Right now in North Carolina, we just got a Democratic governor, but there is a Republican supermajority in both chambers of legislature. The Republicans have had a solid run – they were in control of all three branches of government for a while, and they did nothing but damage the state. They were unsuccessful in any of their attempts to make this a better state, In fact they wasted time on things like HB2, the “bathroom bill.” If anything, they degraded our reputation, and made us a state that is not as appealing as it is.
Her challenger, Rhonda Cole Schandevel, is a real people’s champion, which is why I’m just head over heels for her. Rhonda is the real deal. She is somebody that has been in this community: she’s still slogging through it with the rest of us. She still works full-time, you know what I mean? she knows what we are dealing with, she knows the faces of this County, and she knows the faces of the entire District.
I graduated from Madison High School in 2009. It’s the only high school in the county where you’re required to sign a waiver, saying you’re not going to sue the school system if your child develops something mesothelioma, because there is known asbestos all throughout the school. So don’t ever tell me that the school systems are funded, and it’s been that way for years.
My mother fell last year and broke her arm. She has no health insurance – she does work, but there is no health insurance provided. She falls into the Medicaid expansion Gap, where he is unable to get on the marketplace and get an actual, reasonable, affordable healthcare plan.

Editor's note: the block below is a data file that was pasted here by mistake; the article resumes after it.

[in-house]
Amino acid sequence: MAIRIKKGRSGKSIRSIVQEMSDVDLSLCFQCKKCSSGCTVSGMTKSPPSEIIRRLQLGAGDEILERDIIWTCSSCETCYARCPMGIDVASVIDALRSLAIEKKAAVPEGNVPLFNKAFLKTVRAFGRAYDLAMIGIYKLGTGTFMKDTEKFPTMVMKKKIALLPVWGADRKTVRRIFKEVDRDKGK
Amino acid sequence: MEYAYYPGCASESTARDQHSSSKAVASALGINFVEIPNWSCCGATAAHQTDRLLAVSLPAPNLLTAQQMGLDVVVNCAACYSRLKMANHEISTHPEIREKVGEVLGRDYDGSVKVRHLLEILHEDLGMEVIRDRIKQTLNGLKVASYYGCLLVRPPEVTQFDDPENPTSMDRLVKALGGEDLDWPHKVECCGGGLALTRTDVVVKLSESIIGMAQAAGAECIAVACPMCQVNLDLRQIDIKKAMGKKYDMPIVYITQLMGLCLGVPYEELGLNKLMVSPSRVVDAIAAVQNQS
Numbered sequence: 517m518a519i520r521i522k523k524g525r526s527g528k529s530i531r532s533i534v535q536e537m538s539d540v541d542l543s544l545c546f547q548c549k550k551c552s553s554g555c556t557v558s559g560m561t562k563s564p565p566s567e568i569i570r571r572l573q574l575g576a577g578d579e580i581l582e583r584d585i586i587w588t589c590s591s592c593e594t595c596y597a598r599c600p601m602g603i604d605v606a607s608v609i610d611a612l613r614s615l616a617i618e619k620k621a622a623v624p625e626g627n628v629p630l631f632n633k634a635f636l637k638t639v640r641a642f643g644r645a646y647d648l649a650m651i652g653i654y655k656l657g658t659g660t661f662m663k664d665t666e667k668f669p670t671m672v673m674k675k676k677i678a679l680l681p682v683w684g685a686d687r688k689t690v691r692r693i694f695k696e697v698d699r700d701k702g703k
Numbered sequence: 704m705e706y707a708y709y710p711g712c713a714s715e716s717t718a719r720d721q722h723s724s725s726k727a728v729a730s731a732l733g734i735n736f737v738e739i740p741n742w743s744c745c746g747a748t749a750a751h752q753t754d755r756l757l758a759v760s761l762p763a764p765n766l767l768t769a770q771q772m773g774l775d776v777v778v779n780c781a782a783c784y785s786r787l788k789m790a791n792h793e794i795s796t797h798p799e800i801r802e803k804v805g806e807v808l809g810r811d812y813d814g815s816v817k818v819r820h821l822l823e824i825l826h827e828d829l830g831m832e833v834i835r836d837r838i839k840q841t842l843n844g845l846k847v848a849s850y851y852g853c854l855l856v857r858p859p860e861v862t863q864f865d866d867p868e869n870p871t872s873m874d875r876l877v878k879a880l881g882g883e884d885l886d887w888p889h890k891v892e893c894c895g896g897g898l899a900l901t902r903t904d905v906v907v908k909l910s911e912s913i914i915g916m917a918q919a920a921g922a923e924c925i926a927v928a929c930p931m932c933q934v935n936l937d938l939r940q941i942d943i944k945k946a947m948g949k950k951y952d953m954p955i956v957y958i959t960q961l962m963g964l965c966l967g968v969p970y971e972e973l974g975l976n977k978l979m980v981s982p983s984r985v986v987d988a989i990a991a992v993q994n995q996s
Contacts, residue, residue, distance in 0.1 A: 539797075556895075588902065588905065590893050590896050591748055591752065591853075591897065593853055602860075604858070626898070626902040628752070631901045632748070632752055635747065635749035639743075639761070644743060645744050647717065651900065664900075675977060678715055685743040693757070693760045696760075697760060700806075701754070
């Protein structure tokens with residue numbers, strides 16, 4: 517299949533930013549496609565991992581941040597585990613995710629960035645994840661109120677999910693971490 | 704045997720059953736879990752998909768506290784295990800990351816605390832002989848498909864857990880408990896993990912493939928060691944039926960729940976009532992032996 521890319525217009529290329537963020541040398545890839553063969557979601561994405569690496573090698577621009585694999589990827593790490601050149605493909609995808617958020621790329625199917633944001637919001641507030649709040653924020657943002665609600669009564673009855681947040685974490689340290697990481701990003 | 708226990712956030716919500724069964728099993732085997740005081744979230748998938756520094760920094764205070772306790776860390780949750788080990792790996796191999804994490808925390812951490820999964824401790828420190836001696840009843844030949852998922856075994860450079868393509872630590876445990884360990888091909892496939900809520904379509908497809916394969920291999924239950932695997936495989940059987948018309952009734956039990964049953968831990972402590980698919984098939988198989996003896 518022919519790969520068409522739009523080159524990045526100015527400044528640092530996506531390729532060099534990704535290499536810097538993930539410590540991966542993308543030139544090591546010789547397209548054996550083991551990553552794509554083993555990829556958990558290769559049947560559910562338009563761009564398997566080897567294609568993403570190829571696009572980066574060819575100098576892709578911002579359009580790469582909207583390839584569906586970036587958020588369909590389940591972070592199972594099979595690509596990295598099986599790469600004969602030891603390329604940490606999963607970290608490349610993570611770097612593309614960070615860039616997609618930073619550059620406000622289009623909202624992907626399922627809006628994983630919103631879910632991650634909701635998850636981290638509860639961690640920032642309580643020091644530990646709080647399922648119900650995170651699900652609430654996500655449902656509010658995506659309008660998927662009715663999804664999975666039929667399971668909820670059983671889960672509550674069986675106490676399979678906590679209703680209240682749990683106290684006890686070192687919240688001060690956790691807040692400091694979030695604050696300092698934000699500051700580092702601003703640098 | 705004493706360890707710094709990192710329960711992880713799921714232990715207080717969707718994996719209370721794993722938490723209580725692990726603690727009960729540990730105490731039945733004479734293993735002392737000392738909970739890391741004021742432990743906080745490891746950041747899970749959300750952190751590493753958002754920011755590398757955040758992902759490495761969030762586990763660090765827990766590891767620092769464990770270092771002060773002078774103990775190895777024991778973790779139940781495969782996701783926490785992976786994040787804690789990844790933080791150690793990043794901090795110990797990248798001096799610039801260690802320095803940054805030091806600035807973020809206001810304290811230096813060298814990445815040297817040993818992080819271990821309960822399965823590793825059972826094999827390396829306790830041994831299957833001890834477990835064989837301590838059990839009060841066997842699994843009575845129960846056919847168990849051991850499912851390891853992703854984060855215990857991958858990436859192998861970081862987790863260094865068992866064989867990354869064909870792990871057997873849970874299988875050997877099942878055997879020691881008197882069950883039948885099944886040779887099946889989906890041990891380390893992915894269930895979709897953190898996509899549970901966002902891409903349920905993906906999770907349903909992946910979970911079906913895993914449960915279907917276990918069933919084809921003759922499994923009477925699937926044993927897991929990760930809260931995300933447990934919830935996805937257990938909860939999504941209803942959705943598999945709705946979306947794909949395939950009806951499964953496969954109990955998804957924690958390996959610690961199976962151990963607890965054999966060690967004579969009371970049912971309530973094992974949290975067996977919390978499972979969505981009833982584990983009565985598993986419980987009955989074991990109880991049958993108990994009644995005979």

She should qualify for Medicaid, if we were to expand Medicaid in the state. What did she do? She fell she broke her arm, and she did not have the money to do anything about it, so she let it heal. That’s everyday life here.
This is everyday life here in North Carolina in District 118, in Madison County. People are doing what they have to do to get by – and enough is enough.
The bottom line is that as voters, as a citizens in this District and as human beings, we do deserve better. I do not deserve to have to work two jobs to be able to provide money to help my family out with their prescription medicines.
Don’t forget that we’re human beings, not just votes. We’re talking about human lives, and I would hope and implore, and I would really just like to believe that my state representative cared about my life, and at this point, with Michelle Presnell, I don’t. So I’m going to vote.
I think people saw that this divisive, in-your-face rhetoric all the time doesn’t work: it may work on a national scale, but this is Madison and Haywood, NC – and our people are concerned about health care and schools, not about the Democrat or Republican. We are working class people, we need a working class representative, and I truly believe that that is Rhonda.
If people can get organized, this stops. It stops now – it stops today. It starts with an election, if we get organized. Whenever it’s election time, I always say, “Y’all should maybe come out this way – Western North Carolina is a real place, we exist.” And it’s always, “Okay, well, yeah, that sounds amazing.” But no. It’s not about sounding amazing. It’s about rolling your sleeves up, and doing the work – and that’s what Down Home North Carolina is doing, and I find that amazing.